Tuesday, February 02, 2016


This post first appeared in Kungfu Cats Academy.

I watched this TED talk recently by Johann Hari regarding Addiction. It's a good talk show, and it talks about how everything we knew about addiction is out-dated and wrong. In essence, addiction had been shown to be cured by introducing more social bonds to the addicts. If the addicts have something to look forward to, where they feel they are needed and wanted, then they will not depend on substances like alcohol, gaming, gambling or drugs etc to fulfill that need for connections.

This might be important information when I meet computer games addicted teenagers in my line of work.

Usually gaming addiction is a more serious problem afflicting boys. Girls have their own set of nightmares to deal with, but it's seldom with gaming. At least I've not seen it before, even with my 12 yrs in this business with more students being females than males. The worst case I've seen that I can't handle is a boy who lives around Serangoon area. He lives in a well to do district in private estate and also studied in a very good school near his district. Everything seems to be fine for him except that he can't stop gaming day and night, somethings without much sleep. He will go to lessons with me feeling all grumpy and sleepy, and sometimes I've to wait a good 30 mins or so to wait for him to come down. I was pretty newbie back then, so I couldn't handle this case and had to give up. I always wondered what happened to him.

While I'm pretty sure restricting access to tablets and smartphones to young kids is going to work, especially for young boys, I think there's also another way that we had to work on. Most of these kids have highly successful parents - all high flyers in their respective fields. And unfortunately all very busy with their careers to really take care of the little nitty gritty details in their family life. Most of the time the maid (and occasionally, maids) will have to take care of the kids. The situation is kind of ridiculous - it's like telling the policeman to catch criminals but they can't touch the criminals. They can only yell and scold and hope the criminals will slow down and head for the nearest jail themselves. Paper tigers won't stand a chance; kids these days know the power relationship very very well.

The other way that we had to work on, based on the TED talk mentioned above, is to work on connecting them to something outside of themselves. Usually this connection is fulfilled by parents or grandparents, then followed by friends. But these days with the social connection kind of being fulfilled online by gaming or social media, it's all going downhill. Maybe reality is so bad and stressful that people are finding connections online. Fighting demons with a powerful wizard in greater rifts level 70 easily with a press of a few mouse clicks can be quite empowering. Probably much better than facing an empty connections in an empty house in real life, or the prospect of being an un-liked kid in school.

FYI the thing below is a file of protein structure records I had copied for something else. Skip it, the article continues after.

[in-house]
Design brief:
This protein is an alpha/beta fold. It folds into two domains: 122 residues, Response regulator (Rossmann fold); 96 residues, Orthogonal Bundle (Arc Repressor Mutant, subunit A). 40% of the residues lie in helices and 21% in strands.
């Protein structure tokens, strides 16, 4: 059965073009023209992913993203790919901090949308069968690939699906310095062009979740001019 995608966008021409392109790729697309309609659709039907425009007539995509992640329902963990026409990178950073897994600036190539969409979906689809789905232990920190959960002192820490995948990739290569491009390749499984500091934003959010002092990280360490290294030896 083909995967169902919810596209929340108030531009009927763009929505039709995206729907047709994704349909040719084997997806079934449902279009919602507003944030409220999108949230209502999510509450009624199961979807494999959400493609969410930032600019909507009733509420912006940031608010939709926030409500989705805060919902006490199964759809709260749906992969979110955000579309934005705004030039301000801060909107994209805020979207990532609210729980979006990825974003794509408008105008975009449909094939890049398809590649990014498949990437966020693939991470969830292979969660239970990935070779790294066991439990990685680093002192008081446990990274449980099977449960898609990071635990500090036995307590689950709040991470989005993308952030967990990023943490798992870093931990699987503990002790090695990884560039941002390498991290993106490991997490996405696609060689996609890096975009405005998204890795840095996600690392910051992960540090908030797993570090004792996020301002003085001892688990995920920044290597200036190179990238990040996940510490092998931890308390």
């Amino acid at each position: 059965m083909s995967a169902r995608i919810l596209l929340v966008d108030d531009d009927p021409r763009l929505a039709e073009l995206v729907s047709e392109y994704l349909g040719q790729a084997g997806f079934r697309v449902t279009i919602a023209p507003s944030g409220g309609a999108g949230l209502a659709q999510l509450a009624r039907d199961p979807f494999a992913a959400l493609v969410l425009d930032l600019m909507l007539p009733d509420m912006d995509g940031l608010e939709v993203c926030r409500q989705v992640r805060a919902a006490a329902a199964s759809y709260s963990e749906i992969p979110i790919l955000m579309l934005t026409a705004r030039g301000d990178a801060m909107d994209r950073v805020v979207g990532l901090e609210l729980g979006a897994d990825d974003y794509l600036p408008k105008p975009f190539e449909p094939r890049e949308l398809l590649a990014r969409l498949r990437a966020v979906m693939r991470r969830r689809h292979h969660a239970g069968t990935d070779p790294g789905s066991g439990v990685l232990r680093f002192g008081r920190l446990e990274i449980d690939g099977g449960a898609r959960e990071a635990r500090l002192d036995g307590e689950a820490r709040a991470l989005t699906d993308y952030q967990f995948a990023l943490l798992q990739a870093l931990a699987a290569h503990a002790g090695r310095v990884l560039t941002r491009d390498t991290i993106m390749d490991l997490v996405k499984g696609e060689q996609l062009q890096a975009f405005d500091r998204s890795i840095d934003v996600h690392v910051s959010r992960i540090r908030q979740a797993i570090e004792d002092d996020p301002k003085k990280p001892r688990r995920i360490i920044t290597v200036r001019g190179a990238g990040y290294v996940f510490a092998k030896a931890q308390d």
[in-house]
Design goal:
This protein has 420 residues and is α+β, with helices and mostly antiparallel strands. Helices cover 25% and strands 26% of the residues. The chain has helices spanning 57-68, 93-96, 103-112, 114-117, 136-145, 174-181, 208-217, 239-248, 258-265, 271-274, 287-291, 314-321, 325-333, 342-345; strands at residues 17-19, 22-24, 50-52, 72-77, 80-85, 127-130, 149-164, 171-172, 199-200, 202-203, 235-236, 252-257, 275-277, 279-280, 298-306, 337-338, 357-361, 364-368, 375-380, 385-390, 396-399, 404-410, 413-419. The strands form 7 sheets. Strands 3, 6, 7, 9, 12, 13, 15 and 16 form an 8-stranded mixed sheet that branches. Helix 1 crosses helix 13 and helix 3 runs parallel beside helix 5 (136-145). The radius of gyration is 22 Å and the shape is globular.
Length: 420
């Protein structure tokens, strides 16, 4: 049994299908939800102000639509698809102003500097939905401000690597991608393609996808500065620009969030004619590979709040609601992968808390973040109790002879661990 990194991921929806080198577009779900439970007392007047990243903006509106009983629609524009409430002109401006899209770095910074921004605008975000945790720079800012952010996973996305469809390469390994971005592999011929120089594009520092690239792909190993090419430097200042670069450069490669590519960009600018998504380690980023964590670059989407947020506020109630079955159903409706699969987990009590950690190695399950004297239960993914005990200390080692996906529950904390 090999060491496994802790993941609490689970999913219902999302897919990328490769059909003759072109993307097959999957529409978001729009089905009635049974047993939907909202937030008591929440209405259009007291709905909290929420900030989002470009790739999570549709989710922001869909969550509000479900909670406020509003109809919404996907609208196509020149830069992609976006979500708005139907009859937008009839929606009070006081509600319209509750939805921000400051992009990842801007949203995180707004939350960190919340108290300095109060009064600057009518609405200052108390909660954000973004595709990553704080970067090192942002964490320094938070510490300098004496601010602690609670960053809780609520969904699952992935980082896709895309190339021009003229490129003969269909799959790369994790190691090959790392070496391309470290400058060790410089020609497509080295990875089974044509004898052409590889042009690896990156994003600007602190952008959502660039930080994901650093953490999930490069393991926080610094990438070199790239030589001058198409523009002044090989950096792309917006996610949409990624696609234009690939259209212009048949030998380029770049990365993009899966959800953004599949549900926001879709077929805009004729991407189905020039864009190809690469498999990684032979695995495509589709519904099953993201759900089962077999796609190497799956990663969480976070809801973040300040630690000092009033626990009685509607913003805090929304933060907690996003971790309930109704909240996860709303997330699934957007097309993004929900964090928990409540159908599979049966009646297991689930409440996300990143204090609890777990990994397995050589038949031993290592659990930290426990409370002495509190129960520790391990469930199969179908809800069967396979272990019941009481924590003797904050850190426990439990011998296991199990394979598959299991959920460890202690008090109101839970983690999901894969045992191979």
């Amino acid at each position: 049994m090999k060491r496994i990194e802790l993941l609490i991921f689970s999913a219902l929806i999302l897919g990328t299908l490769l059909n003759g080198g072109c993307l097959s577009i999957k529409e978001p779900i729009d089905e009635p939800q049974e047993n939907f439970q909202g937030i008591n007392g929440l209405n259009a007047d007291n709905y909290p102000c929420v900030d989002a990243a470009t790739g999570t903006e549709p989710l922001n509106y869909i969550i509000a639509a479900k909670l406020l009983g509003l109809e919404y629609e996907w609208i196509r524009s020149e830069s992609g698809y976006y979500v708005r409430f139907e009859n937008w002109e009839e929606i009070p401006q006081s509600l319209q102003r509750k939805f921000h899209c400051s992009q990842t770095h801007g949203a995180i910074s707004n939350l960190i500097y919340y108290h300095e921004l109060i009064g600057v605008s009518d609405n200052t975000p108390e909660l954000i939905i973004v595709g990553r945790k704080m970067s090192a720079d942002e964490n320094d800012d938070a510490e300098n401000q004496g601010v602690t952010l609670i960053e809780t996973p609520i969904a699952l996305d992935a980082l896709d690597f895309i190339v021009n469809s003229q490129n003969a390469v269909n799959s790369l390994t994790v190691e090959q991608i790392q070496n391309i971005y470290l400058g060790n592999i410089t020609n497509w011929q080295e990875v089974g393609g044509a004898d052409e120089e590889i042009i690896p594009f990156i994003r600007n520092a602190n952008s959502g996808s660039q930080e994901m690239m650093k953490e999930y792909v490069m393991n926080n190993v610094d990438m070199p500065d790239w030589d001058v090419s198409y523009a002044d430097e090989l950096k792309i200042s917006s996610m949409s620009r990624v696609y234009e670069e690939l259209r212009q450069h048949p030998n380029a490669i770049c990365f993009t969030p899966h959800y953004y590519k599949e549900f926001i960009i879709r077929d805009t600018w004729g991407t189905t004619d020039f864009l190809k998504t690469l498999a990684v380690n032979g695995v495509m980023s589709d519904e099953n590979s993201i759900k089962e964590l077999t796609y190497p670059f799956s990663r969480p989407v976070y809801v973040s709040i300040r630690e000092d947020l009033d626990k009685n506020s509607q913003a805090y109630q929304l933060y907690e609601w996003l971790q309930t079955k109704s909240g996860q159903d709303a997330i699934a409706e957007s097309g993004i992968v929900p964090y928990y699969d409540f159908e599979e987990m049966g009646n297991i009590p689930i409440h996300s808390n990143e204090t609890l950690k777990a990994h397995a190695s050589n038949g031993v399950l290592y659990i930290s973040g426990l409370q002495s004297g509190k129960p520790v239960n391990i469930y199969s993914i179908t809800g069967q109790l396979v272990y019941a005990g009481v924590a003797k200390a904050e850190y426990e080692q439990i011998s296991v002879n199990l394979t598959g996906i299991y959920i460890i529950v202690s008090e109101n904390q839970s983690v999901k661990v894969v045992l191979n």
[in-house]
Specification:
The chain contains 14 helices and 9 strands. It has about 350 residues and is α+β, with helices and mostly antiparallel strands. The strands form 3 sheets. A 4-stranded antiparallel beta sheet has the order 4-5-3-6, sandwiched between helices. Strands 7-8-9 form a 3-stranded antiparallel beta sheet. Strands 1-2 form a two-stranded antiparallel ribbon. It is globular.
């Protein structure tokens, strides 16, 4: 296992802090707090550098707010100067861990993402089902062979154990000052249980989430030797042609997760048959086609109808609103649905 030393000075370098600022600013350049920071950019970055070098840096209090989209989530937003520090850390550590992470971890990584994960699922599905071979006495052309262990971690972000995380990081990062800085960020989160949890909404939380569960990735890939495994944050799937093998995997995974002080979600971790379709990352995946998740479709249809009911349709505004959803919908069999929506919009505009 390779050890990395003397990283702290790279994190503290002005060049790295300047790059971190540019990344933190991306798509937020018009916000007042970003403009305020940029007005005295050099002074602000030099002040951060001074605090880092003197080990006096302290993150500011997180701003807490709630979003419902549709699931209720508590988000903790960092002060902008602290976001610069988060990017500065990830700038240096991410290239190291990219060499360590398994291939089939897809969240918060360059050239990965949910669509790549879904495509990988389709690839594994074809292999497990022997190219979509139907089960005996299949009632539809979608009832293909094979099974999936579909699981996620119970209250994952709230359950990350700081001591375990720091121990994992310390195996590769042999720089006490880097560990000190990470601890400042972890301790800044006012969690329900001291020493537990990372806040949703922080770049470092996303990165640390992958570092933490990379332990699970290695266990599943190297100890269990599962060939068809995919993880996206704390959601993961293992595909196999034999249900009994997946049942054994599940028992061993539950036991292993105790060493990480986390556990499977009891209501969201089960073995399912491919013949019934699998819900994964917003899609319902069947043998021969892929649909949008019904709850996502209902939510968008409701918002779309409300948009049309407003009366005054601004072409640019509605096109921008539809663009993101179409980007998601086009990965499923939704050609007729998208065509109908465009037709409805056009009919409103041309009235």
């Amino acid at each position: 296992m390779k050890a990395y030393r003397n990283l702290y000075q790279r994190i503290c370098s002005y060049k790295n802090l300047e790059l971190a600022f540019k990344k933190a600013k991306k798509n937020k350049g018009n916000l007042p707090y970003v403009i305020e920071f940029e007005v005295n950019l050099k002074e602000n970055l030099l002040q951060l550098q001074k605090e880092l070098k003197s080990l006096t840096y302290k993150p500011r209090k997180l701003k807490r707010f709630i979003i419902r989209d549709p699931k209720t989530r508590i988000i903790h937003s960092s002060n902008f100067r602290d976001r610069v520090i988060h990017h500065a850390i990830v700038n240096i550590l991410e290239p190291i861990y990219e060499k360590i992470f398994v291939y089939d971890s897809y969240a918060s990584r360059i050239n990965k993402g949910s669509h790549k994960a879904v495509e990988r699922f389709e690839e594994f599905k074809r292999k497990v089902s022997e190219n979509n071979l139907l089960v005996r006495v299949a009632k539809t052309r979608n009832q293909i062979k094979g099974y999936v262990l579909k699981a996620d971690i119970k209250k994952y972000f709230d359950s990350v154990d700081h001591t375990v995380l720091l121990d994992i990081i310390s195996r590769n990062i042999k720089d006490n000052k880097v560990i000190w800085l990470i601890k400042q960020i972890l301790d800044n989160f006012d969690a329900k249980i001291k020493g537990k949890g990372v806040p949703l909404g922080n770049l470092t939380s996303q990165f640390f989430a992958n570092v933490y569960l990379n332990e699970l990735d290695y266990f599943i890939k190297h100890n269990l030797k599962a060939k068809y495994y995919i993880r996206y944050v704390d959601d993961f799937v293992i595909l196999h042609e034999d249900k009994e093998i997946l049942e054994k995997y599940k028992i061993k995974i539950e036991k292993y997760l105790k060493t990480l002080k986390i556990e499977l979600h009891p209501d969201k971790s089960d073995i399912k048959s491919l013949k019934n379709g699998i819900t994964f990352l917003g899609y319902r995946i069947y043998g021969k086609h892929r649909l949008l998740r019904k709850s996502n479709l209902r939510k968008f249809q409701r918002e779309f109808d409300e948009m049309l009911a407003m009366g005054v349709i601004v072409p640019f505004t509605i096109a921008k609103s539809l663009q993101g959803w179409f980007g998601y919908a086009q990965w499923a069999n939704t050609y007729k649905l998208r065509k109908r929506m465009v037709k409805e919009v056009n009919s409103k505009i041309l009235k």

I'm a gamer too, and I played games throughout exams period since primary school. But there's always something out there in the real work that I felt obliged to go back to, either out of responsibility or duty. Maybe that is what parents need to work on. And from experience, they will really have to start young, probably in primary school level. After that, it's going to be harder and harder to change.

I've seen plenty of cases where the parents, suddenly aware of the dropping results of their kids in secondary school, started to punish the kids by withdrawing their laptop or handphones. It works initially because of the cold turkey treatment, but eventually that emptiness still needs to be filled by something tangible. If not, the kid will go back to the gaming. Do you think your locked passwords can stop them? These kids are digital natives, and probably know a few tricks that you don't even know. Besides, they can also go LAN shop or some friend's home for 'group study'. With games being online and so mobile, you don't even need your own computer to play.

I'm a bit long winded here because this is something close to heart. The key takeaways mixed with some suggestions:

1. While making sure your kid are not having unrestricted access to any gaming devices, do make sure you set a good habit also. Taking the mobile devices away from your kid but using them yourself to play games is kind of pointless. The irony of which can be easily noticed by your kid.

2. While removing mobile gaming device from your addicted kids, do make sure you have something else to replace that connection. Gaming as an addiction is just a symptom. The real cause is the need for connections. How about spending more time with them?

3. I believe dads can play a greater role in parenting. 99% of the parents I liased with are with the mothers. 99% of the time the mum are the ones who bring the kids to my place for lessons, regardless of whether the mums are working or not. It's something to reflect on when I become a parent as well. This is probably the best reasons to be financially free.